Nonlinear Optics: Nonlinear thin-film mirror frequency-doubles low-power light

July 30, 2014
An international team of researchers has taken two important, often-used optical components and, via a multi-quantum-well (MQW) semiconductor heterostructure and plasmonic metasurface that is only 450 nm thick, melded them into one.

Researchers from the University of Texas at Austin (UT Austin) and the Technische Universität München (Germany) have taken two important, often-used optical components and, via a multi-quantum-well (MQW) semiconductor heterostructure and plasmonic metasurface that is only 450 nm thick, melded them into one. The metasurface (a metamaterial thin enough to be considered 2D) and its underlying heterostructure combine to form a device that is both a mirror and a nonlinear-optical second-harmonic-generation (SHG) element.1

The mirror’s metasurface has a nonlinear optical response a million times stronger than ordinary nonlinear optical materials; the result is a normal-incidence mirror that frequency-doubles light even at relatively low powers. The prototype was designed to frequency-double light at an 8 μm wavelength to 4 μm.

No phase-matching required

In addition (and this is quite important), because the frequency conversion happens over subwavelength scales, the nonlinear mirror does not require matching the phase velocities of the input and output waves; this eliminates a good portion of the design, setup, and tweaking processes that complicate the use of conventional bulk nonlinear crystals.

The new structure can be tailored to work at various frequencies from the near-infrared to the terahertz region and can be designed to produce a giant nonlinear response for other nonlinear optical processes besides frequency-doubling, including sum- and difference-frequency generation, phase conjugation, and a variety of four-wave mixing processes.

About 100 alternating thin-film layers made of indium gallium arsenide (InGaAs) and aluminum indium arsenide (AlInAs), respectively, each between 1 and 12 nm thick, form the heart of the mirror; at the bottom of the structure is a layer of gold. The surface of the mirror is patterned with asymmetrical crossed gold nanostructures (see figure) to form the plasmonic metasurface; this metamaterial structure was designed and fabricated at UT Austin.

Measurements of the SHG light were taken using a focused tunable 30-mW-emitting quantum-cascade laser supplying the fundamental frequency; the intensity at the mirror was on the order of a few kilowatts per square centimeter. The conversion efficiency of the first prototype device was between 0.1% and 0.2%.

The material’s giant nonlinear effect (greater than 5 × 104 pm/V) arises from the coupling of electromagnetic modes in the metasurface with electronic intersubband transitions in the carefully tailored semiconductor thin-film stack. To test the robustness of the design, the researchers intentionally fabricated some metasurfaces with slightly changed design parameters and still measured a similarly large nonlinear response (large detunings produced little or no nonlinear response, also as expected).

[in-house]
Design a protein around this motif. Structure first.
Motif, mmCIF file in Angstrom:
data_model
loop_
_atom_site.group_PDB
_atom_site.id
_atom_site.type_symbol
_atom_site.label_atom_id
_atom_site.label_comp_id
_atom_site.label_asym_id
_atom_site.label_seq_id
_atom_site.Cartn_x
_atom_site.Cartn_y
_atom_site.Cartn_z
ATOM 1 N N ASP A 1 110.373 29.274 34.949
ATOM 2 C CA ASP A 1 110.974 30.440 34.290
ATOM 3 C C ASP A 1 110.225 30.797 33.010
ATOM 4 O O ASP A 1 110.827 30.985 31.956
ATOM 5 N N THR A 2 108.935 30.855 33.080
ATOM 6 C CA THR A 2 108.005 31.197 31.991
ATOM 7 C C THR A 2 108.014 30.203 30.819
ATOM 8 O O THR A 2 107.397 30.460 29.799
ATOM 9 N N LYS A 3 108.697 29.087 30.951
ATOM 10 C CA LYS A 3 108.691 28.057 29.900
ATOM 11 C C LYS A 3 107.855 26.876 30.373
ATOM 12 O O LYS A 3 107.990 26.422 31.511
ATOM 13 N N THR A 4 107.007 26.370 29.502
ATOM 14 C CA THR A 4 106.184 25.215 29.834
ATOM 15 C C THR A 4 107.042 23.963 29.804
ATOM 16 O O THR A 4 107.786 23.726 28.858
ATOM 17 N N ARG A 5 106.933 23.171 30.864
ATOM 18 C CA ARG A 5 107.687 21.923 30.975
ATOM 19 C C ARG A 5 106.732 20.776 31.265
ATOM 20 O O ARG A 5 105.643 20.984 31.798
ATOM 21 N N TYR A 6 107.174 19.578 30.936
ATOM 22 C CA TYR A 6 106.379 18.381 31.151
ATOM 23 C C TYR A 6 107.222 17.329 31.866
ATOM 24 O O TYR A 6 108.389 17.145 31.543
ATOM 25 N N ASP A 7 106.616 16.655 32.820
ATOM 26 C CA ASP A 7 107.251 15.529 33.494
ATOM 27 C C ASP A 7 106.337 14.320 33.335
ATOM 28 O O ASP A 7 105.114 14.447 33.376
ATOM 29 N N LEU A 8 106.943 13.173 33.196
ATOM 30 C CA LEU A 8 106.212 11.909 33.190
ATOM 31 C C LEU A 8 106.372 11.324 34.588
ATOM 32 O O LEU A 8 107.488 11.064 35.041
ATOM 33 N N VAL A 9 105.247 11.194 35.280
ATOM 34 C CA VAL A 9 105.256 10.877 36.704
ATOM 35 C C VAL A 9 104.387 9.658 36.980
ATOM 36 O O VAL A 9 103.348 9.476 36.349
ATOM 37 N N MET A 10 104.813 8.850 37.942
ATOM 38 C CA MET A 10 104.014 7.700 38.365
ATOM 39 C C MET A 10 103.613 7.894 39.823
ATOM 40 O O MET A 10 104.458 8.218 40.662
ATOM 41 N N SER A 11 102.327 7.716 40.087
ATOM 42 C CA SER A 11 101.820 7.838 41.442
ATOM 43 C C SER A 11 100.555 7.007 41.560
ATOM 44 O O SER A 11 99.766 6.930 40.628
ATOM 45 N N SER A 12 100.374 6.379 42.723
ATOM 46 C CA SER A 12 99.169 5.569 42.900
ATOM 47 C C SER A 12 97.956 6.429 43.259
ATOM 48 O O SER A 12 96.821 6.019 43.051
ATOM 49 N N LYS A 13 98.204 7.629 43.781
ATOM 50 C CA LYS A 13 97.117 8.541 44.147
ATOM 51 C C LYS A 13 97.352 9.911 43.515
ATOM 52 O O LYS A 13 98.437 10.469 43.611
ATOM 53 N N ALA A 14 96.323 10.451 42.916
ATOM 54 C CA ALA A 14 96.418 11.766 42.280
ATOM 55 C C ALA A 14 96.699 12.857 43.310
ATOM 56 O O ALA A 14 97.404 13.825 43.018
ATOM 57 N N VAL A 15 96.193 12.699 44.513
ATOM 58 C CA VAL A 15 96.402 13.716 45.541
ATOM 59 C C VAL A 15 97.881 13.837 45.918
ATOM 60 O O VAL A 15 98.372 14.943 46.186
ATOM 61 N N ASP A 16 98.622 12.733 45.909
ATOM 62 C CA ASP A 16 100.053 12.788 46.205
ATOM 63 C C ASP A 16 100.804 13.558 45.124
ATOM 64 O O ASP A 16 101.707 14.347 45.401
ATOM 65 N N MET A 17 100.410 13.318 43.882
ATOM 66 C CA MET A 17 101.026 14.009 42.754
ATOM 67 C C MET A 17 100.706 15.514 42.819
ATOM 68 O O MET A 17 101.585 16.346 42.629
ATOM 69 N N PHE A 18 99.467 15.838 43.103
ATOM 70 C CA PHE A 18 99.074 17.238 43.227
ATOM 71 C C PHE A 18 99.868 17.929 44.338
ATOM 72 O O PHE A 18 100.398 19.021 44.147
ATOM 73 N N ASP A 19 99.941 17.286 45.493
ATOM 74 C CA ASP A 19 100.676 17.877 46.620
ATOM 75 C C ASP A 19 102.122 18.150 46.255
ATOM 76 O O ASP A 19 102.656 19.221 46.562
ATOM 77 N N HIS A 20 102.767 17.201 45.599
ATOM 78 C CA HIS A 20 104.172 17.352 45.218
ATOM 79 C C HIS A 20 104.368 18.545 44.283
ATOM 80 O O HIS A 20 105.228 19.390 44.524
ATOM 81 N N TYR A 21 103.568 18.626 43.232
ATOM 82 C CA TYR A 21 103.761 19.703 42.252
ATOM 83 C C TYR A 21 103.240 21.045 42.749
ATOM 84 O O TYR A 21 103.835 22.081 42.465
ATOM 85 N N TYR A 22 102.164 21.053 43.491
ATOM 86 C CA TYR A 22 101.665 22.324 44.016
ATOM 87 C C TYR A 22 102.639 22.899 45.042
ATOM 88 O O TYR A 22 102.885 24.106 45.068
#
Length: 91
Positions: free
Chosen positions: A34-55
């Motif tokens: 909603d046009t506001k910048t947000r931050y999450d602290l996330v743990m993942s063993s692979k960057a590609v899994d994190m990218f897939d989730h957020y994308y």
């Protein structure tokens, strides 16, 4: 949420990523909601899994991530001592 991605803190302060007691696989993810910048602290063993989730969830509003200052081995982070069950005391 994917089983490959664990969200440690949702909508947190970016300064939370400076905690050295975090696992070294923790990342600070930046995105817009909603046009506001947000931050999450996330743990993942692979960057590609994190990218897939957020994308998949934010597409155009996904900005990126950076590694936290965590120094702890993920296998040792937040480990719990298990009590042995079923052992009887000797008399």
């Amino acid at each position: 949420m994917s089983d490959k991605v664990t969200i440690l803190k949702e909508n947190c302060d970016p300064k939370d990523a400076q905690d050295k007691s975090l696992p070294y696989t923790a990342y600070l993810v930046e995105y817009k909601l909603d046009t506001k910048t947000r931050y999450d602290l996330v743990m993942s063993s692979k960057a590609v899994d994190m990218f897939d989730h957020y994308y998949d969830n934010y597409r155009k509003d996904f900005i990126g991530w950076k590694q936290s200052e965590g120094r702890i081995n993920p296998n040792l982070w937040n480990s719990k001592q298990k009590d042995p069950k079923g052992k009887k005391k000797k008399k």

Other semiconductors possible

The researchers used InGaAs and AlInAs in their device, but other semiconductors, such as those based on InGaAlN, AlGaAs, or indium gallium arsenide antimonide (InGaAsSb), could lead to differing characteristics.

“GaN-based materials can enable the creation of similar structures in the near-infrared and visible spectral ranges,” says Mikhail Belkin, assistant professor of electrical and computer engineering at UT Austin. “GaN/AlGaN/InGaN heterostructures may have extremely large conduction band offsets (>2 eV) that allow, in principle, engineering electron subbands with energy spacings that correspond to near-IR and visible frequencies. However, currently, the interface quality of GaN/AlGaN/InGaN heterostructures is significantly worse than that for InGaAs/AlInAs/InP. Poor interface quality between semiconductor layers leads to transition linewidth broadening and reduction of attainable optical nonlinearities.”

Belkin notes that another option is to use GaAs/AlGaAs heterostructures, which have a very high interface quality. “However, GaAs/AlGaAs has a slightly smaller conduction band offset (and also larger effective mass, which negatively affects transition dipole-moment values) compared to InGaAs/AlInAs,” he notes. “Therefore, we chose the latter for our experiment. Other heterostructures, such as the InGaAsSb family, may be used to push the operation of our structures to near-infrared. If using different semiconductors, metal nanoresonator dimensions would have to be changed, but this is relatively straightforward.”

The researchers list many types of nonlinear optical structures and effects that can potentially be created. For example, voltage-tunable and active electrically pumped nonlinear metasurfaces are two interesting possible structures; frequency downconversion, mixing, phase conjugation, all-optical control and tunability, and photon-pair generation are some nonlinear optical processes that may someday be achieved using these metasurfaces.

REFERENCE
1. Jongwon Lee et al., Nature (2014); doi:10.1038/nature13455.

About the Author

John Wallace | Senior Technical Editor (1998-2022)

John Wallace was with Laser Focus World for nearly 25 years, retiring in late June 2022. He obtained a bachelor's degree in mechanical engineering and physics at Rutgers University and a master's in optical engineering at the University of Rochester. Before becoming an editor, John worked as an engineer at RCA, Exxon, Eastman Kodak, and GCA Corporation.

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